What Will Turn the Market Around?
10/17/2014 12:01 am EST
The sharp slide in crude oil and the stock market has investors concerned and MoneyShow's Jim Jubak shares his current outlook for the stock market.
For the week ahead, the big question, obviously, is when does this downturn end, the correction in the small-caps, the 5% to 6% drop in the S&P, so when do we stop. When do we stop going down?
I think the way to look at this is to figure out, well, what turns this around. We've got growth worries globally, not so much the US, but everywhere else in the world.
You've got plunging oil prices. You've got a sense that a strong dollar, which is necessary in the long-term, if there's going to be any hope of getting growth going in Europe or Japan, is going to hurt US sales and earnings from overseas markets, all of that weighing on the market and, after all, we did hit an all-time high on the S&P on September 18 so what turns this around.
We could get sort of external factors. We could get the Saudis to come out and say, “Hey, you know, we looked at this and we're not going to try to grab market share, we're actually going to put a floor under oil prices.” Right now, the Saudis are basically selling oil at a discount, whatever they can to keep the sales going, so you could get something like that. You could get news from China that their economy is picking up. You could get something from Europe or Japan.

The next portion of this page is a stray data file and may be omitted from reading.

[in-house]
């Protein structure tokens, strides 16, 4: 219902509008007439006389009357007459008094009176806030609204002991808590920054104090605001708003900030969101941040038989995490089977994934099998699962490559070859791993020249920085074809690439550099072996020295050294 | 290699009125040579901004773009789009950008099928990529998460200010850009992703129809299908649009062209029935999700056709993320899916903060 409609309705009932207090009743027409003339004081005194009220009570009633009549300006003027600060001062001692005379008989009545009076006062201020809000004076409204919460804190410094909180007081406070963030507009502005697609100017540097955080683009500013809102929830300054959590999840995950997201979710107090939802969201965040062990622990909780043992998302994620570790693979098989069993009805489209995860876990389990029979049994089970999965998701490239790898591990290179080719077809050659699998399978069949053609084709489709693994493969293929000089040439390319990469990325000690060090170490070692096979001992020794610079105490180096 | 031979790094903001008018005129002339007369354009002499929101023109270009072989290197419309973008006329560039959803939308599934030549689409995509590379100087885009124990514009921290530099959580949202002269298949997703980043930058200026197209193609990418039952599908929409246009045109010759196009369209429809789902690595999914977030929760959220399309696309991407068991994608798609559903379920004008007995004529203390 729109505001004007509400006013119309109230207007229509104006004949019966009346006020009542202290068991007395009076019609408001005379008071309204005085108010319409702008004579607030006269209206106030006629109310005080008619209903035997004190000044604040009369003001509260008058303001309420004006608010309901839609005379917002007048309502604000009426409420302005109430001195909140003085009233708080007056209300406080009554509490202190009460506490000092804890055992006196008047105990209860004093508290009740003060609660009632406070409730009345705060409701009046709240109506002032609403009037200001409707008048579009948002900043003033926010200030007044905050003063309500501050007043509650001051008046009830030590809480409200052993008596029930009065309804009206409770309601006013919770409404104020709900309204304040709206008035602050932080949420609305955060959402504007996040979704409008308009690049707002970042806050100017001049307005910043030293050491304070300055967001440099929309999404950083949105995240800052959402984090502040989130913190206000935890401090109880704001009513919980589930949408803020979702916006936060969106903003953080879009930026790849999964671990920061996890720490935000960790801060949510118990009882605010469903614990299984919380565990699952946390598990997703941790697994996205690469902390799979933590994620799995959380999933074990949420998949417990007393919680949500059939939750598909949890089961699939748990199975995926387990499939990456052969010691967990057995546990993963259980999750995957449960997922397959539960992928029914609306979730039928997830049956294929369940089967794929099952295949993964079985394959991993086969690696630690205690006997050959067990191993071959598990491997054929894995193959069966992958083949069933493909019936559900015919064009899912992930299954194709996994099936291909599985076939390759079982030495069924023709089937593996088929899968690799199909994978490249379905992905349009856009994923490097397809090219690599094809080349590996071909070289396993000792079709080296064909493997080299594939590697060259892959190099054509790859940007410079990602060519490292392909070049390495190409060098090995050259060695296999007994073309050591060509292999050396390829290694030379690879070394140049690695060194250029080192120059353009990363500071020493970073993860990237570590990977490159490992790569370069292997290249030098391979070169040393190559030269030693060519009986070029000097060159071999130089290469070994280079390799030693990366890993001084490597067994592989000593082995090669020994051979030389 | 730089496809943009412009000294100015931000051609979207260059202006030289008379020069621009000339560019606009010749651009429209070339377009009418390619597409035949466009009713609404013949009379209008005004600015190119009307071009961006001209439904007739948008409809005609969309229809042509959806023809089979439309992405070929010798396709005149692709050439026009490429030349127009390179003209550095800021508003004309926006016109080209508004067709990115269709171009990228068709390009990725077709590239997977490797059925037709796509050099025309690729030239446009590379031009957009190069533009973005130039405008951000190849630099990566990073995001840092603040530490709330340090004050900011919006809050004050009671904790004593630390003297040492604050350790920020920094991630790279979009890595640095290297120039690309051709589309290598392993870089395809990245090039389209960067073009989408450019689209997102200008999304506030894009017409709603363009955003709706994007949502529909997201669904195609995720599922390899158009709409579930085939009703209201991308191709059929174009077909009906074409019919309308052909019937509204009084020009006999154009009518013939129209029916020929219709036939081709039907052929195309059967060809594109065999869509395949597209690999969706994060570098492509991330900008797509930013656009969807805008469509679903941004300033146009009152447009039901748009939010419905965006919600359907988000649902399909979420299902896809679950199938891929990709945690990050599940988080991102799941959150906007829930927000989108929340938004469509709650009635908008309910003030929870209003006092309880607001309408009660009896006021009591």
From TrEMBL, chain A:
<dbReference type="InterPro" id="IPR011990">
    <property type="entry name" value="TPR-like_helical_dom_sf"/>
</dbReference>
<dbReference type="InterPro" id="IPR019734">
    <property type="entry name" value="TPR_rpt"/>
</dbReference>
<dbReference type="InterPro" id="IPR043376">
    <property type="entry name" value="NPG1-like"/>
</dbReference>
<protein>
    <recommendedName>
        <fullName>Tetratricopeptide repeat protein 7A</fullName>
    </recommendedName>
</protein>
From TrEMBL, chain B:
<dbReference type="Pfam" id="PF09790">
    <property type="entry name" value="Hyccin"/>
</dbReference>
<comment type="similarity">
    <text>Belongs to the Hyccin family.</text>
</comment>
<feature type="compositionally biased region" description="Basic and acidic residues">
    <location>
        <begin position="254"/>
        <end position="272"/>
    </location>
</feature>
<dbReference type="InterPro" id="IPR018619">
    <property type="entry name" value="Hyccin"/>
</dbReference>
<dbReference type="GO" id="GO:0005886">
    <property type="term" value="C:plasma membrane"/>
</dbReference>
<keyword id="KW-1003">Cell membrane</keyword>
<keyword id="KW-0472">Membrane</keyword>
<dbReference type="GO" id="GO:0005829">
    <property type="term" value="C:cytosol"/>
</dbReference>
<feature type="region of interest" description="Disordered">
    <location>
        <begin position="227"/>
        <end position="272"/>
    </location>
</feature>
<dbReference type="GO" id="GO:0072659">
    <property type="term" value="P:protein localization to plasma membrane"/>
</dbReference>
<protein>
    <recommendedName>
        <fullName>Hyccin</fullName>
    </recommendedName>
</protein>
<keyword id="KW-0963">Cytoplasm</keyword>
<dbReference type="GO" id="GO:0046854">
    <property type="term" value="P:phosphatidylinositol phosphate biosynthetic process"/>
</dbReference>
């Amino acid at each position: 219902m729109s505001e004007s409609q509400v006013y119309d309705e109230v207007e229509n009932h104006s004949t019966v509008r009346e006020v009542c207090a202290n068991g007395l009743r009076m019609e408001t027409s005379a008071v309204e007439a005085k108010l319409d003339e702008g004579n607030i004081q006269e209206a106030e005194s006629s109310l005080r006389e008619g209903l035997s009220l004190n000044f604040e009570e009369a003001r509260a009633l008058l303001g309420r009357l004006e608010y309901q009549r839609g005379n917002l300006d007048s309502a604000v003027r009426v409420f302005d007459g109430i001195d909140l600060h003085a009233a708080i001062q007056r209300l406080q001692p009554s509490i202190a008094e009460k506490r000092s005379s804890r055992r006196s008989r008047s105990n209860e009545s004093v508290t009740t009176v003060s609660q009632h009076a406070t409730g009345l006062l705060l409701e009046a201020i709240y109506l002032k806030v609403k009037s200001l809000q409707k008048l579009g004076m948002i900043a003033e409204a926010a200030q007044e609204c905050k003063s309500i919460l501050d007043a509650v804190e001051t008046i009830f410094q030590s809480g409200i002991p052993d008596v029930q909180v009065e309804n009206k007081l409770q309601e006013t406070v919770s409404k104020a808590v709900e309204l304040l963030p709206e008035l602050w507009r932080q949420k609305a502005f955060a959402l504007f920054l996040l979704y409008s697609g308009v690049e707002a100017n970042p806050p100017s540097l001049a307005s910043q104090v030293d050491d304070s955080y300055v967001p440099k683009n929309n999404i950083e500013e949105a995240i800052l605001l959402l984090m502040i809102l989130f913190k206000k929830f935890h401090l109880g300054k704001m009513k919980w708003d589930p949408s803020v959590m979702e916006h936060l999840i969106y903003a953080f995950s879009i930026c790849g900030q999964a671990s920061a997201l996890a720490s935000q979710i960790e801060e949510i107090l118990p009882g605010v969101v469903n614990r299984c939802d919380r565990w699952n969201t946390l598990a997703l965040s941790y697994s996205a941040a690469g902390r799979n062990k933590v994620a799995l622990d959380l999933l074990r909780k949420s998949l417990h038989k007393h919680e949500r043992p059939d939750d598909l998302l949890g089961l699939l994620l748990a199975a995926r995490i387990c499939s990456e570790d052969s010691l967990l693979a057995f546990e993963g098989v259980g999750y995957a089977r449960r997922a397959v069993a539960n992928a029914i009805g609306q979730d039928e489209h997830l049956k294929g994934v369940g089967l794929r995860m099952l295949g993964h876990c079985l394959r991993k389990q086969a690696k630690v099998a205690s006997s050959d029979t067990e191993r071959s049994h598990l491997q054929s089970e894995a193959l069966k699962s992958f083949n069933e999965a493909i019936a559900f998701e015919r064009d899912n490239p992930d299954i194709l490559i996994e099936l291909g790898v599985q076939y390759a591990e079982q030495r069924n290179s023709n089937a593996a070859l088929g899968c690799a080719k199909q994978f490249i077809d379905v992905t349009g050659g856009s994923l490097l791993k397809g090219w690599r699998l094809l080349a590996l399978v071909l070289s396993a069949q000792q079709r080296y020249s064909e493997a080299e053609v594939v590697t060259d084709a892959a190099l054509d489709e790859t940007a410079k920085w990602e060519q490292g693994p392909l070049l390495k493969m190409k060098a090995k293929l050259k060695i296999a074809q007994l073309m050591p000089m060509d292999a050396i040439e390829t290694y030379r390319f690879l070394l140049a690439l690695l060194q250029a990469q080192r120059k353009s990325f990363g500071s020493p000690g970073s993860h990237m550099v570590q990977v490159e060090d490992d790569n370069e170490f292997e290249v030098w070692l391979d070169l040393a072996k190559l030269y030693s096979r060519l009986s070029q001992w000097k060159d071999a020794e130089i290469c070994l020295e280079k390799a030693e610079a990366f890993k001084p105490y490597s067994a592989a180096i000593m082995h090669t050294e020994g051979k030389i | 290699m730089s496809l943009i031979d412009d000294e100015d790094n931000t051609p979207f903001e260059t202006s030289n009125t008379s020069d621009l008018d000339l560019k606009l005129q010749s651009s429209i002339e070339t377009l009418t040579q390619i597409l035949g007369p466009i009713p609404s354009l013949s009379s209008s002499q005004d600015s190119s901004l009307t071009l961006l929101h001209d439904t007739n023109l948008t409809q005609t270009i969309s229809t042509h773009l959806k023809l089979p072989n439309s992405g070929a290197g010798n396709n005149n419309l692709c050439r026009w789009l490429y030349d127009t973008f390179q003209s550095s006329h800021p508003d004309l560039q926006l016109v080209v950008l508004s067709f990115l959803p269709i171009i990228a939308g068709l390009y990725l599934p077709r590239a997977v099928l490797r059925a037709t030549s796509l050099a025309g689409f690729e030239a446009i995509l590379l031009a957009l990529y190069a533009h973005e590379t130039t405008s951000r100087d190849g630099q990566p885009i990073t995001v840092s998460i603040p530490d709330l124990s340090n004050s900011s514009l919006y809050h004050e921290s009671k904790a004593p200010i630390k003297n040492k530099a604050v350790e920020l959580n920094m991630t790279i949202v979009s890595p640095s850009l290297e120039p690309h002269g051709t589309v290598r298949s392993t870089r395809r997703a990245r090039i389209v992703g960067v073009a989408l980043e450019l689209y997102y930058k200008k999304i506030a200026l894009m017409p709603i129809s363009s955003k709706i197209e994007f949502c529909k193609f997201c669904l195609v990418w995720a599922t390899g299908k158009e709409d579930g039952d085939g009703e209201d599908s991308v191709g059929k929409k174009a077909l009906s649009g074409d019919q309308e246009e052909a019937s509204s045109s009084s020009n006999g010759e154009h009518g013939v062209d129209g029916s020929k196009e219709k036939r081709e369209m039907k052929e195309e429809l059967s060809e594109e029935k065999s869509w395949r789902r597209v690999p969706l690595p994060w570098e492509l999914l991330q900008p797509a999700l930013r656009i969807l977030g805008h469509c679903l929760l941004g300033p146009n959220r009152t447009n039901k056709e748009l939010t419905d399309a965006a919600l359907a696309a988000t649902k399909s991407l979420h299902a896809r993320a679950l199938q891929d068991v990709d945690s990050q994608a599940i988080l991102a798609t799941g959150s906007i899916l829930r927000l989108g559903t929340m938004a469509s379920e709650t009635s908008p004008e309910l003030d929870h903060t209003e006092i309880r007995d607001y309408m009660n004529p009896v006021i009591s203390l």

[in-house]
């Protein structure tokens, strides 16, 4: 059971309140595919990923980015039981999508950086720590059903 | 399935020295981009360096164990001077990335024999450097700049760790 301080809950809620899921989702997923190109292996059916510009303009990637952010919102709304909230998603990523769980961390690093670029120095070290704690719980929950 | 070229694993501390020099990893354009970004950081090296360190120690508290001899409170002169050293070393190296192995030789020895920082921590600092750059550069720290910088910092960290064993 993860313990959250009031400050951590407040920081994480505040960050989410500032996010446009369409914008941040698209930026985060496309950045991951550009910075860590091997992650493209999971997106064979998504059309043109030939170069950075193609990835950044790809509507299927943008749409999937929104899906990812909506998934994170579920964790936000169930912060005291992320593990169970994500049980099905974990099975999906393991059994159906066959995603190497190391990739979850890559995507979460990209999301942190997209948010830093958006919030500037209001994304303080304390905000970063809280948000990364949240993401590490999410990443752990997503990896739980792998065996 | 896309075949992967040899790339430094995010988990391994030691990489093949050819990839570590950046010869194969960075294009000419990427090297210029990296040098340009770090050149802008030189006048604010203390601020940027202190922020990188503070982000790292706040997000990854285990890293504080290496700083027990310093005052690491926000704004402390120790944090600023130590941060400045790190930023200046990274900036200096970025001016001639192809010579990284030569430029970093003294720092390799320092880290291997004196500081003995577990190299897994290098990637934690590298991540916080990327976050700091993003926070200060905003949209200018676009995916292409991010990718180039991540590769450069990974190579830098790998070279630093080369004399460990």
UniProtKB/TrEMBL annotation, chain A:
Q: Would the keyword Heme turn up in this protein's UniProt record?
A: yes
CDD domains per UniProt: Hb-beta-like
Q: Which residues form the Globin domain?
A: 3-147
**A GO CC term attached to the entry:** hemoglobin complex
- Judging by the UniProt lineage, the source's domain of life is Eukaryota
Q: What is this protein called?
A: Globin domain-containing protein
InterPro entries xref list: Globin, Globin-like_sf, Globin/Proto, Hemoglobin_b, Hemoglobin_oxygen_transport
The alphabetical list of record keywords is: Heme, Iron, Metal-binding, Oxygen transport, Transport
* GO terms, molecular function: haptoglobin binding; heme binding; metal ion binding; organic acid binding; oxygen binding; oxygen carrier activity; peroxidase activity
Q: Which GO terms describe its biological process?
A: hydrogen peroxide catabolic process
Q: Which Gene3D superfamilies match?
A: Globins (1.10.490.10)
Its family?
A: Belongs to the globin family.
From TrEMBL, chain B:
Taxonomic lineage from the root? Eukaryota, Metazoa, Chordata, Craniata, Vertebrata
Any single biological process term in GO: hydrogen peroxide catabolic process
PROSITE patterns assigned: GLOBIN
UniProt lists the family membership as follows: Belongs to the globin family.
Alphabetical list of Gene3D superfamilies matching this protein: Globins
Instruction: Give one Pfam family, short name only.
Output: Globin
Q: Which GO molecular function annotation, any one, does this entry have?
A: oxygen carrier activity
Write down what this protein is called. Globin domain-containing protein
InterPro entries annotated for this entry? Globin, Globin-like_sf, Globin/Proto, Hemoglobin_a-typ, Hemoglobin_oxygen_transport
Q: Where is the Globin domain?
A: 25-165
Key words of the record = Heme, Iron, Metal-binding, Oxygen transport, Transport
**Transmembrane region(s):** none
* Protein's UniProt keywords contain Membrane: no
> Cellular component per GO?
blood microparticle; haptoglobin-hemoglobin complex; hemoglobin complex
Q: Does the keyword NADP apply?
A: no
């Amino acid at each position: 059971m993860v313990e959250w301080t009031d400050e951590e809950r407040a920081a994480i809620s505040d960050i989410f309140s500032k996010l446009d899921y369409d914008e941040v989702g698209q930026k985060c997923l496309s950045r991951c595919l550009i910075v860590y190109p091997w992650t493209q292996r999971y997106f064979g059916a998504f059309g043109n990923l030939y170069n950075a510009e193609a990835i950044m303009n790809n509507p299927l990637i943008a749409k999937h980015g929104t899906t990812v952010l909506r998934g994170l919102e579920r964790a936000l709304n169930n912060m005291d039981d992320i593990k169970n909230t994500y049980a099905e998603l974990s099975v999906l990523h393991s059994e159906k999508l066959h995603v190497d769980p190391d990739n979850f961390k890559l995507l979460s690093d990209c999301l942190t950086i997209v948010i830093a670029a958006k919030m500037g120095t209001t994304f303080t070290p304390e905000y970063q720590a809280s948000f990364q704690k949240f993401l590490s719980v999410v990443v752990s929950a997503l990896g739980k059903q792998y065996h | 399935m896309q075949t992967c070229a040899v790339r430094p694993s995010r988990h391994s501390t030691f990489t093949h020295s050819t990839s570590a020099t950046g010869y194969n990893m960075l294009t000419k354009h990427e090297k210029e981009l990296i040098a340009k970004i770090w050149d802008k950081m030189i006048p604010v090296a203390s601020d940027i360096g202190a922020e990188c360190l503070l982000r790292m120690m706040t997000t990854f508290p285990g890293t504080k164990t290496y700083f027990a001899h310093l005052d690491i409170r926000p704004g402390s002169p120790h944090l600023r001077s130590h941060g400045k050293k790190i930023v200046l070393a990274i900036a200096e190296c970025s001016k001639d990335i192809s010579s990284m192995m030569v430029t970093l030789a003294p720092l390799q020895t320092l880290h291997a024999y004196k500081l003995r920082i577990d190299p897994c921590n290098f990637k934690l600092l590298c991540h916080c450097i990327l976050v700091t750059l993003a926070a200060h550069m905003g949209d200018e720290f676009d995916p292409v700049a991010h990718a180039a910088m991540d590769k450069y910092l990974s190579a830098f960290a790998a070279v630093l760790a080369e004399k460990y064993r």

I think the problem is that most of that external good news is really unlikely. It's very unlikely in the short-term, say the next month or so, we're going to see OPEC, which is, right now, in disarray, get its act together and restore discipline, so, I think, what you're looking at is, internally, what does it take to turn this market around.
What we've done is pretty much discredit the whole idea of buying on the 4% to 5% dip. We had that dip, the market continued to go down, and, now, we've got a lot of evidence that we're going to see further fall so, just looking at that, there's no real reason to buy at this point. What you're looking at here is a question of when things look cheap enough to take the risk and I think, unfortunately, we're probably looking at a 10% drop in the S&P and the Dow, being a place where people then go, “Oh, okay, I've got my 10% correction, maybe I'll think about buying.”
When we get down there, and remember, we were at let's say 2020, so a 10% drop is down to about 1800 or so, so when we get down there, we're going to have a test and some people will come out and buy on the 10% correction, some people will say, “Well, 10% turns into 12% so I'm not going to buy yet.” So, at that point, we're going to test that and we're going to see where sentiment is and that's, I think, the next big question for this market, which is, will a 10% drop be enough to bring the buyers out or not?